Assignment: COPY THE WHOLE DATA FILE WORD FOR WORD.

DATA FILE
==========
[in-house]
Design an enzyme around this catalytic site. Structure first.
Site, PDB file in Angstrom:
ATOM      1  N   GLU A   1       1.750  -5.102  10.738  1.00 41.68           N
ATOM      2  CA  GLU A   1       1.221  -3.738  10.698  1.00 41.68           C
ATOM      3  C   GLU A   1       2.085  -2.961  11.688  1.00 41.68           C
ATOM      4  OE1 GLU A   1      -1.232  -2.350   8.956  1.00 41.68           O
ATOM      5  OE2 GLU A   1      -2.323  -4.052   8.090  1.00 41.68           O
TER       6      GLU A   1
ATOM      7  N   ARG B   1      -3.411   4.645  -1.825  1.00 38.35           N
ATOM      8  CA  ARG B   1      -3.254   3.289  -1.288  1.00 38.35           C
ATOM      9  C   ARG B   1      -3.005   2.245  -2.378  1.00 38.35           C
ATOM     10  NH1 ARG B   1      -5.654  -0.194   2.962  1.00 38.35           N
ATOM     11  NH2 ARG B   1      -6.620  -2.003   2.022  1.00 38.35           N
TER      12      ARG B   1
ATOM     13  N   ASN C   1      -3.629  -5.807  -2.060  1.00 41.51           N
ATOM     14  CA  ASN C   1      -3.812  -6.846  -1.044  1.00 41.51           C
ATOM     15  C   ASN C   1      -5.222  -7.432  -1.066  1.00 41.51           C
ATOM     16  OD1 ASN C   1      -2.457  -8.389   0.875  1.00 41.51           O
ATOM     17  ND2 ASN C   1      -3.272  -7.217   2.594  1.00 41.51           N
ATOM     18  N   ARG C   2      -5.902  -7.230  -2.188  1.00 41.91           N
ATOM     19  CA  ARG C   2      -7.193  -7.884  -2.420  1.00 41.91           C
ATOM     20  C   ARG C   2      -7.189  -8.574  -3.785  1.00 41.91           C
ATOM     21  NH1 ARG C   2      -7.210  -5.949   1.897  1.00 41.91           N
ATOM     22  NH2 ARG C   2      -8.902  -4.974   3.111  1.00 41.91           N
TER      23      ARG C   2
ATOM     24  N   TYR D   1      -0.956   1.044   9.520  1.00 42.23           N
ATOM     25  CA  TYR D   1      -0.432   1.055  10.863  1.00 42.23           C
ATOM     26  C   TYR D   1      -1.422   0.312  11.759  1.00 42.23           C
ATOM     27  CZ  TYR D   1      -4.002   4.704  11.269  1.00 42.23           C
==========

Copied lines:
[in-house]
Design an enzyme around this catalytic site. Structure first.
Site, PDB file in Angstrom:
ATOM      1  N   GLU A   1       1.750  -5.102  10.738  1.00 41.68           N
ATOM      2  CA  GLU A   1       1.221  -3.738  10.698  1.00 41.68           C
ATOM      3  C   GLU A   1       2.085  -2.961  11.688  1.00 41.68           C
ATOM      4  OE1 GLU A   1      -1.232  -2.350   8.956  1.00 41.68           O
ATOM      5  OE2 GLU A   1      -2.323  -4.052   8.090  1.00 41.68           O
TER       6      GLU A   1
ATOM      7  N   ARG B   1      -3.411   4.645  -1.825  1.00 38.35           N
ATOM      8  CA  ARG B   1      -3.254   3.289  -1.288  1.00 38.35           C
ATOM      9  C   ARG B   1      -3.005   2.245  -2.378  1.00 38.35           C
ATOM     10  NH1 ARG B   1      -5.654  -0.194   2.962  1.00 38.35           N
ATOM     11  NH2 ARG B   1      -6.620  -2.003   2.022  1.00 38.35           N
TER      12      ARG B   1
ATOM     13  N   ASN C   1      -3.629  -5.807  -2.060  1.00 41.51           N
ATOM     14  CA  ASN C   1      -3.812  -6.846  -1.044  1.00 41.51           C
ATOM     15  C   ASN C   1      -5.222  -7.432  -1.066  1.00 41.51           C
ATOM     16  OD1 ASN C   1      -2.457  -8.389   0.875  1.00 41.51           O
ATOM     17  ND2 ASN C   1      -3.272  -7.217   2.594  1.00 41.51           N
ATOM     18  N   ARG C   2      -5.902  -7.230  -2.188  1.00 41.91           N
ATOM     19  CA  ARG C   2      -7.193  -7.884  -2.420  1.00 41.91           C
ATOM     20  C   ARG C   2      -7.189  -8.574  -3.785  1.00 41.91           C
ATOM     21  NH1 ARG C   2      -7.210  -5.949   1.897  1.00 41.91           N
ATOM     22  NH2 ARG C   2      -8.902  -4.974   3.111  1.00 41.91           N
TER      23      ARG C   2
ATOM     24  N   TYR D   1      -0.956   1.044   9.520  1.00 42.23           N
ATOM     25  CA  TYR D   1      -0.432   1.055  10.863  1.00 42.23           C
ATOM     26  C   TYR D   1      -1.422   0.312  11.759  1.00 42.23           C
ATOM     27  CZ  TYR D   1      -4.002   4.704  11.269  1.00 42.23           C